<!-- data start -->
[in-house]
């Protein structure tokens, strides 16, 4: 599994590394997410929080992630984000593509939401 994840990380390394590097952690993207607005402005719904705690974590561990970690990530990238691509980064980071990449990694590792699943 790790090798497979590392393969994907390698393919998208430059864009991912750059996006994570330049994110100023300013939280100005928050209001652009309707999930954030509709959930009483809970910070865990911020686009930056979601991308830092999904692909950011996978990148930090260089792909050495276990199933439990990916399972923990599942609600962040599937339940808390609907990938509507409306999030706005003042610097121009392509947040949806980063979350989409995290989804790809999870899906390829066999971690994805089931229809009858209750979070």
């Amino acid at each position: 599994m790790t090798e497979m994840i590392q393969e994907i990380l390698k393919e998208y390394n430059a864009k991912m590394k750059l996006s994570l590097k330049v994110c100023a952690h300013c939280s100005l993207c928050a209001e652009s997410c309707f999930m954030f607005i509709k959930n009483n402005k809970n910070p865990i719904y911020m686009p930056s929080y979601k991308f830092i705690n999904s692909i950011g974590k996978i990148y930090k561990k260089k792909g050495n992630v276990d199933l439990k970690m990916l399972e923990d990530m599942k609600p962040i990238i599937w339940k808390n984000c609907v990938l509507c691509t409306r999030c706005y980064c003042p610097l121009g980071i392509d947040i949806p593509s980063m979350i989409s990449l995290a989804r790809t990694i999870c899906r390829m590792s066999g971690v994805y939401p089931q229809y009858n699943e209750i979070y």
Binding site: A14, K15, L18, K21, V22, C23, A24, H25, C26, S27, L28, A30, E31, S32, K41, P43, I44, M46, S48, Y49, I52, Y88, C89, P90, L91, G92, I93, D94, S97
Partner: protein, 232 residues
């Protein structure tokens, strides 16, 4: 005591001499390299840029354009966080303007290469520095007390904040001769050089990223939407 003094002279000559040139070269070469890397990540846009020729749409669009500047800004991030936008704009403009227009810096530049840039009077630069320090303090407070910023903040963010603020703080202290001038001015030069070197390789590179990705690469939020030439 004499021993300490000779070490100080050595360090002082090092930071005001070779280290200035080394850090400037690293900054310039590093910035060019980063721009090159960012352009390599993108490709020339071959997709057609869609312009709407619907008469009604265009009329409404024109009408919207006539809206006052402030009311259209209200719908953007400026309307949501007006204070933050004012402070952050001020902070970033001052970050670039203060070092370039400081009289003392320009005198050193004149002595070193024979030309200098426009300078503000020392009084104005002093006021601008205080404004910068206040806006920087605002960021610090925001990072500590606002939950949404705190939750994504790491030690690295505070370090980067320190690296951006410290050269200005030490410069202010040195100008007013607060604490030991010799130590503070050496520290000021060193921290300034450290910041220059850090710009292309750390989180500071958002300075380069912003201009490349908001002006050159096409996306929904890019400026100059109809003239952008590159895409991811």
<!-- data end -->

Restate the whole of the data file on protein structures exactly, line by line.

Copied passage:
[in-house]
């Protein structure tokens, strides 16, 4: 599994590394997410929080992630984000593509939401 994840990380390394590097952690993207607005402005719904705690974590561990970690990530990238691509980064980071990449990694590792699943 790790090798497979590392393969994907390698393919998208430059864009991912750059996006994570330049994110100023300013939280100005928050209001652009309707999930954030509709959930009483809970910070865990911020686009930056979601991308830092999904692909950011996978990148930090260089792909050495276990199933439990990916399972923990599942609600962040599937339940808390609907990938509507409306999030706005003042610097121009392509947040949806980063979350989409995290989804790809999870899906390829066999971690994805089931229809009858209750979070």
């Amino acid at each position: 599994m790790t090798e497979m994840i590392q393969e994907i990380l390698k393919e998208y390394n430059a864009k991912m590394k750059l996006s994570l590097k330049v994110c100023a952690h300013c939280s100005l993207c928050a209001e652009s997410c309707f999930m954030f607005i509709k959930n009483n402005k809970n910070p865990i719904y911020m686009p930056s929080y979601k991308f830092i705690n999904s692909i950011g974590k996978i990148y930090k561990k260089k792909g050495n992630v276990d199933l439990k970690m990916l399972e923990d990530m599942k609600p962040i990238i599937w339940k808390n984000c609907v990938l509507c691509t409306r999030c706005y980064c003042p610097l121009g980071i392509d947040i949806p593509s980063m979350i989409s990449l995290a989804r790809t990694i999870c899906r390829m590792s066999g971690v994805y939401p089931q229809y009858n699943e209750i979070y």
Binding site: A14, K15, L18, K21, V22, C23, A24, H25, C26, S27, L28, A30, E31, S32, K41, P43, I44, M46, S48, Y49, I52, Y88, C89, P90, L91, G92, I93, D94, S97
Partner: protein, 232 residues
């Protein structure tokens, strides 16, 4: 005591001499390299840029354009966080303007290469520095007390904040001769050089990223939407 003094002279000559040139070269070469890397990540846009020729749409669009500047800004991030936008704009403009227009810096530049840039009077630069320090303090407070910023903040963010603020703080202290001038001015030069070197390789590179990705690469939020030439 004499021993300490000779070490100080050595360090002082090092930071005001070779280290200035080394850090400037690293900054310039590093910035060019980063721009090159960012352009390599993108490709020339071959997709057609869609312009709407619907008469009604265009009329409404024109009408919207006539809206006052402030009311259209209200719908953007400026309307949501007006204070933050004012402070952050001020902070970033001052970050670039203060070092370039400081009289003392320009005198050193004149002595070193024979030309200098426009300078503000020392009084104005002093006021601008205080404004910068206040806006920087605002960021610090925001990072500590606002939950949404705190939750994504790491030690690295505070370090980067320190690296951006410290050269200005030490410069202010040195100008007013607060604490030991010799130590503070050496520290000021060193921290300034450290910041220059850090710009292309750390989180500071958002300075380069912003201009490349908001002006050159096409996306929904890019400026100059109809003239952008590159895409991811």